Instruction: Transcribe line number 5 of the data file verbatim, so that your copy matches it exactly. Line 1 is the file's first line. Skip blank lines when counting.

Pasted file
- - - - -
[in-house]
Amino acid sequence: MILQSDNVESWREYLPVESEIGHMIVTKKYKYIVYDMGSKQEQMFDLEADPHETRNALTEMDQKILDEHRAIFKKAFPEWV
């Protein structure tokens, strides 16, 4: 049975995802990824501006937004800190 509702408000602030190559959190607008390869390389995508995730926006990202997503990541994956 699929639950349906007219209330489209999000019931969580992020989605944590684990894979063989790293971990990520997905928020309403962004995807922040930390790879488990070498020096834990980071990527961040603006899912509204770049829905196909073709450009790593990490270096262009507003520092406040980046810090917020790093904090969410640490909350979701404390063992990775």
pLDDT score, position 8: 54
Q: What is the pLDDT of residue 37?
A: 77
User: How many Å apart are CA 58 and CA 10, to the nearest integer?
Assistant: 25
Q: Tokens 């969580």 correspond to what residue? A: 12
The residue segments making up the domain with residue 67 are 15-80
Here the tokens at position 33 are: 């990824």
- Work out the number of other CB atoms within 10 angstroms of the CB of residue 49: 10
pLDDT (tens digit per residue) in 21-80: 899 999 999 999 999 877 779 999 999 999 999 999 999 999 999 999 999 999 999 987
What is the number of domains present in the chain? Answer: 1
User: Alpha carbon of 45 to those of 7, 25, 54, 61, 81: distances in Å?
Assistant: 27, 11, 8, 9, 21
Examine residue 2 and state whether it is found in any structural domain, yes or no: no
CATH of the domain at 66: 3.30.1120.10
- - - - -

Q: What is the pLDDT of residue 37?